Mastercard wants to help you bank with a chatbot
By Ben Fox Rubin for CNET
Starting next year, you may be able to get more of your banking done on Facebook Messenger, instead of waiting in a teller line or on hold with customer service.
At least that’s what Mastercard hopes to do with a new customizable chatbot, revealed on Tuesday, that it created for banks. The bots will let consumers find out their checking account balances, dispute a credit card transaction or schedule a bill.
They are expected to be available in the US starting early next year on Facebook Messenger.
“As this develops, we plan to add a lot of other functionality,” said Sherri Haymond, Mastercard’s executive vice president of digital partnerships. “It seems like a very natural next step and we are leaning in here.”
While chatbots have been popular in Asia for years, they are just starting to come to the US market, with Facebook Messenger becoming a major platform for them. The promise of these bots is for people to text questions or commands using natural language, making it easier for folks to find information or buy things. The Mastercard bots are also another way the payments industry is trying to make paying for items and services more seamless, so folks don’t have to swipe their cards as often.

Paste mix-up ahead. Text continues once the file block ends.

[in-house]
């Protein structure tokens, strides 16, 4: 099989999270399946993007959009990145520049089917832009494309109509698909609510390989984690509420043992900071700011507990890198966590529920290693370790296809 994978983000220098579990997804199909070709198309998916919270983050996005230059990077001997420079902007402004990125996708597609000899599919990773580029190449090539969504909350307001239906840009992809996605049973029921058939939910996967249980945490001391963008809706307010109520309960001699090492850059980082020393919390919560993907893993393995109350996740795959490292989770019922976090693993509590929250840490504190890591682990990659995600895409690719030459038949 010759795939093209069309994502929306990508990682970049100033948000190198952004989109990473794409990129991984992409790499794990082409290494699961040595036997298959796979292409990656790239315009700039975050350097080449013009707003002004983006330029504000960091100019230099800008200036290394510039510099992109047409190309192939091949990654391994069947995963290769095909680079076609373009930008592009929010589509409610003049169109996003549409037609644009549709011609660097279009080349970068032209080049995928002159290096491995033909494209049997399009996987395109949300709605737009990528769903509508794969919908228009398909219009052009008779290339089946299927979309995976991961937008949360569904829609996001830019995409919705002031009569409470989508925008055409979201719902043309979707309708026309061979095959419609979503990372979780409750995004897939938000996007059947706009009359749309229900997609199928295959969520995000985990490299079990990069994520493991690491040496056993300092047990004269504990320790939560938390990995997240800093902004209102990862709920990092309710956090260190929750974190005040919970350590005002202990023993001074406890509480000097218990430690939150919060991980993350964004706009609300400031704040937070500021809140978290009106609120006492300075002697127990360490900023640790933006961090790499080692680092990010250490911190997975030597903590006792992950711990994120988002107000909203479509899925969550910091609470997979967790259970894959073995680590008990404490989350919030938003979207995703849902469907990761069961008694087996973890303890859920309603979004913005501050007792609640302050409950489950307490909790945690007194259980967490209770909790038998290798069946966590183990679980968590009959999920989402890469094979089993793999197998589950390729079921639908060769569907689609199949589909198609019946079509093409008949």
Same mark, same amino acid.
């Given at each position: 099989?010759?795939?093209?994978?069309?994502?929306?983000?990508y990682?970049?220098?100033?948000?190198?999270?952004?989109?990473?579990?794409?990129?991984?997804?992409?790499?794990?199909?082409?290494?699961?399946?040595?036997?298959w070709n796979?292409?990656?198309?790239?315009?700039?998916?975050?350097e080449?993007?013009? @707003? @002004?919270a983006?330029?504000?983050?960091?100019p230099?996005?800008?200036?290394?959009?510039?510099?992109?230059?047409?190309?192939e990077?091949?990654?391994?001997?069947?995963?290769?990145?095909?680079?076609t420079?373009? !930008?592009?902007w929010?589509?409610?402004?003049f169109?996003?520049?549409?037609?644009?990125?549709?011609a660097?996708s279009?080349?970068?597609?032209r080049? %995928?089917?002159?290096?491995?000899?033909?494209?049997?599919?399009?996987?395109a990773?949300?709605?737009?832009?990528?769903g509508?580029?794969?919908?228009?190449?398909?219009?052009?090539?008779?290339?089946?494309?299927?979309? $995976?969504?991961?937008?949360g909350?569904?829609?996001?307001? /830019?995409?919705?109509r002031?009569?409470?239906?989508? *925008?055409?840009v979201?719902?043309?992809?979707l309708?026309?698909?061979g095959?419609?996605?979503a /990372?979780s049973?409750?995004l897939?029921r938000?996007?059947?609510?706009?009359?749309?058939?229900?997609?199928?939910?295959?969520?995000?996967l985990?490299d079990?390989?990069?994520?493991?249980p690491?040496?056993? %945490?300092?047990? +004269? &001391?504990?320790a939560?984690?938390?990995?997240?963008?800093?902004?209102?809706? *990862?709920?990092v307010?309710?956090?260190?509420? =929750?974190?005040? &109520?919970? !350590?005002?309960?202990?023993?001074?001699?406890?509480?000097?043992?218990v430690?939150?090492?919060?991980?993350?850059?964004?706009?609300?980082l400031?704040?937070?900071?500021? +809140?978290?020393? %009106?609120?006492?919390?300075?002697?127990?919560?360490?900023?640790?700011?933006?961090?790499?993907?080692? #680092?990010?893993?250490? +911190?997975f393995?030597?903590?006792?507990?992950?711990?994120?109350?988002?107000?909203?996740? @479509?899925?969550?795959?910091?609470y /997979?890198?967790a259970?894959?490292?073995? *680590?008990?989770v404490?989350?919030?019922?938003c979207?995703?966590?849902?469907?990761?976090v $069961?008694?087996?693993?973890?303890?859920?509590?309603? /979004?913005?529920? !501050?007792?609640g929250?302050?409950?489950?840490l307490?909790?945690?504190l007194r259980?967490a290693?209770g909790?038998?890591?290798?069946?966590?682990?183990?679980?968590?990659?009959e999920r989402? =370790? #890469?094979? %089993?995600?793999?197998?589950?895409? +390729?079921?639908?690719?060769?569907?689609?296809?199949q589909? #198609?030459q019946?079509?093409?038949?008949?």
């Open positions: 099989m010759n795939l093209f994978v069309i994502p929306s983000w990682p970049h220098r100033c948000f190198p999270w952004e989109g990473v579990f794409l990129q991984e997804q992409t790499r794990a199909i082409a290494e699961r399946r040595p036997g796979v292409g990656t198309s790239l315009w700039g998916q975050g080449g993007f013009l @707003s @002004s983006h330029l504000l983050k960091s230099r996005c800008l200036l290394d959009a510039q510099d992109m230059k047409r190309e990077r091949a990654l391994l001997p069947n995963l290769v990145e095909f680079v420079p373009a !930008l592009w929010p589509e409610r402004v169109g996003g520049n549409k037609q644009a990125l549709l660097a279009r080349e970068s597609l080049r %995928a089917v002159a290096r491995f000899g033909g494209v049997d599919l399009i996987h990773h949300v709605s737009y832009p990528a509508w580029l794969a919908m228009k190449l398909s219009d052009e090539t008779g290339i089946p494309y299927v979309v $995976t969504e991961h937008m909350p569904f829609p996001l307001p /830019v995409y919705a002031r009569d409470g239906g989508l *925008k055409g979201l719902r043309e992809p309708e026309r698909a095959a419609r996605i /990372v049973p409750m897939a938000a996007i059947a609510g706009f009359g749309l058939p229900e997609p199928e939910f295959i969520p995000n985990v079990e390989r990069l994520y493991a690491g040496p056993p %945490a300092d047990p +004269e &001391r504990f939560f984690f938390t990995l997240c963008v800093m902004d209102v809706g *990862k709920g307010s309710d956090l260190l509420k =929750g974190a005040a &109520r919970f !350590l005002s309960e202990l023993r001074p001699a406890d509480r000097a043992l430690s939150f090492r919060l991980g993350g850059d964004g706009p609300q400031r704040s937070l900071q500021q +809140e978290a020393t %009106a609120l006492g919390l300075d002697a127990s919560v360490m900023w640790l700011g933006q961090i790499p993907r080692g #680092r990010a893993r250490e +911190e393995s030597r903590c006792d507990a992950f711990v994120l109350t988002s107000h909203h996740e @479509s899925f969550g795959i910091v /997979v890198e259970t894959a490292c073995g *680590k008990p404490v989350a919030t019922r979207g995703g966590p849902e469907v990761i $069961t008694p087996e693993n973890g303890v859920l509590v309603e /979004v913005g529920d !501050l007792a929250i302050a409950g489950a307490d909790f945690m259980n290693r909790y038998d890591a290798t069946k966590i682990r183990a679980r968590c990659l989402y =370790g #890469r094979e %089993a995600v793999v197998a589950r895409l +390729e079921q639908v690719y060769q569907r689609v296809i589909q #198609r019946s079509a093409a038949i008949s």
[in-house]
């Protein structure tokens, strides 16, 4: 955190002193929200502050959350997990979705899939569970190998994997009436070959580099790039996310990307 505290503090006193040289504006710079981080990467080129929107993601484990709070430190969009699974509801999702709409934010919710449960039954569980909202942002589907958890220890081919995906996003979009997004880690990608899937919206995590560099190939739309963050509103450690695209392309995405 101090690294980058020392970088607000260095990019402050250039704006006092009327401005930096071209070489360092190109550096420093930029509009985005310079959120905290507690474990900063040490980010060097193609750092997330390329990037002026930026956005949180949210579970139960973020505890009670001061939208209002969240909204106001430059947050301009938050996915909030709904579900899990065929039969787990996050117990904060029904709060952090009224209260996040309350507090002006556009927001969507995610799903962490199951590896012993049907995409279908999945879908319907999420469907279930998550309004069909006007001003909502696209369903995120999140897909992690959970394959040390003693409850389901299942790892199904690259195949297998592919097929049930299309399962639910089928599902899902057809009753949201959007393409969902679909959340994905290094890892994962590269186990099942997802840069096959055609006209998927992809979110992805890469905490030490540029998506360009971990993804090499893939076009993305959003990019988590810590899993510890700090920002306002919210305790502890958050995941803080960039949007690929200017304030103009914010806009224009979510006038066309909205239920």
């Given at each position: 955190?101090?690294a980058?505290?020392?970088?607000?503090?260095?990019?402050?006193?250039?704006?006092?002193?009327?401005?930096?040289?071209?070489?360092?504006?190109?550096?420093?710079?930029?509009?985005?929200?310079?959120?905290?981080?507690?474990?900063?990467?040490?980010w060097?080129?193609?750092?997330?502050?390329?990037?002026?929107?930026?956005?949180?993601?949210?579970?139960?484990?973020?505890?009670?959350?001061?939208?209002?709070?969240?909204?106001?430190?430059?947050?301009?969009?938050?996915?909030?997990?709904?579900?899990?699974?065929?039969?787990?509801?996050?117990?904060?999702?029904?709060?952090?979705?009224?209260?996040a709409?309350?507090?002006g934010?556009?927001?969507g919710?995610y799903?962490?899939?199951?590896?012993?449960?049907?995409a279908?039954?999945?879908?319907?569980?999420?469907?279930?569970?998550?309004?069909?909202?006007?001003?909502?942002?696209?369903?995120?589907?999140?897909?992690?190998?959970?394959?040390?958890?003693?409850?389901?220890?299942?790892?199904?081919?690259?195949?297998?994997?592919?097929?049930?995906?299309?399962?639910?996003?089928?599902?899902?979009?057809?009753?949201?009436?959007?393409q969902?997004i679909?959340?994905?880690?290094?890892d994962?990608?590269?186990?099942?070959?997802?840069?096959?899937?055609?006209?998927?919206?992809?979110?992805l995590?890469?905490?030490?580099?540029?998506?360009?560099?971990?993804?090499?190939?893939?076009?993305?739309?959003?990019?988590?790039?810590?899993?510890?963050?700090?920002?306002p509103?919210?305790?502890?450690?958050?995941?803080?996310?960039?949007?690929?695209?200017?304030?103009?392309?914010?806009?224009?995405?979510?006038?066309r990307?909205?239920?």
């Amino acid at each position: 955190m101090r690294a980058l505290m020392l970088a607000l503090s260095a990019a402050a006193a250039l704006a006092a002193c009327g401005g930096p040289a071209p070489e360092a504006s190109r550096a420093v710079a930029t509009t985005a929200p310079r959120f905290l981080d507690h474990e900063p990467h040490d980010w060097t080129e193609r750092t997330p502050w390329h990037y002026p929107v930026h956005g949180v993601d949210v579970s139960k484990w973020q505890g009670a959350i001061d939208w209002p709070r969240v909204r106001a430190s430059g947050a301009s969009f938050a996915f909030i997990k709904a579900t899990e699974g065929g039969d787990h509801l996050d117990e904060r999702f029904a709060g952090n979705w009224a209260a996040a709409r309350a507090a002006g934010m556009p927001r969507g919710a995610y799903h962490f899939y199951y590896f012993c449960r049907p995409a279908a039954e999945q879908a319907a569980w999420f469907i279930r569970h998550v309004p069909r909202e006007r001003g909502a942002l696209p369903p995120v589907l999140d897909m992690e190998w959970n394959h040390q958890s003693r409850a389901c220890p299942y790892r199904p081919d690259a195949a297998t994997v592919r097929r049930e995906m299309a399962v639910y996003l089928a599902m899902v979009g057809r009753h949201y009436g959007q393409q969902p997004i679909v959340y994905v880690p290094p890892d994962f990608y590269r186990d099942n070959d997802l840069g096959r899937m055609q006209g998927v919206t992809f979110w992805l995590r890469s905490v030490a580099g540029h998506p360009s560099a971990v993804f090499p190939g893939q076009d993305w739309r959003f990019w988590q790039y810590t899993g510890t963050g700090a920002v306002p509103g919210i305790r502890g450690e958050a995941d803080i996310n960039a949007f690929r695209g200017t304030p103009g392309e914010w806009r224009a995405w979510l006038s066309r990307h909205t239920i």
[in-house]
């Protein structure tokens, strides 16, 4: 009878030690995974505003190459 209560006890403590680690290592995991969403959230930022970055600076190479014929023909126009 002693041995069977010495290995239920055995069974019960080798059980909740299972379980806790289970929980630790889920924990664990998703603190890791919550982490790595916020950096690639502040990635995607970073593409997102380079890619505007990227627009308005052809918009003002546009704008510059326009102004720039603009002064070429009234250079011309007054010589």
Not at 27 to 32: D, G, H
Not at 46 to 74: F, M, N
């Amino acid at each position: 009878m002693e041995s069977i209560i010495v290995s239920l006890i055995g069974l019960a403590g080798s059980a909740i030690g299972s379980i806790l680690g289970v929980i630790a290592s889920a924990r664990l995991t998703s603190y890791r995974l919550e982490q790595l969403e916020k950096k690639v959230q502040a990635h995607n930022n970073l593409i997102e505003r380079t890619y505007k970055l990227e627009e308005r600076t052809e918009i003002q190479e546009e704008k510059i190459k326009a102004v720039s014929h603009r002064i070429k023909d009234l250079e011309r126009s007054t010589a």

Along with the banking bot, Mastercard also showed off a customizable bot for retailers, which can be used, for example, by a travel agency to help someone book a flight and get their itinerary right in Facebook Messenger. Bots from retailers including eBay and 1-800-Flowers are already on the messaging app. Both the Mastercard retail and banking bots were created with Kasisto, a startup that develops virtual assistants and bots for financial services.
The new chatbots will use Mastercard’s Masterpass, a digital wallet that stores customers’ shipping and payments information so they don’t have to type them in for every new transaction. Mastercard has been working to build up its new digital wallet by making a handful of partnerships with retailers and banks. On Monday, the company said it will integrate Masterpass into Google’s Android Pay, Samsung Pay and Microsoft Wallet.
First appeared at CNET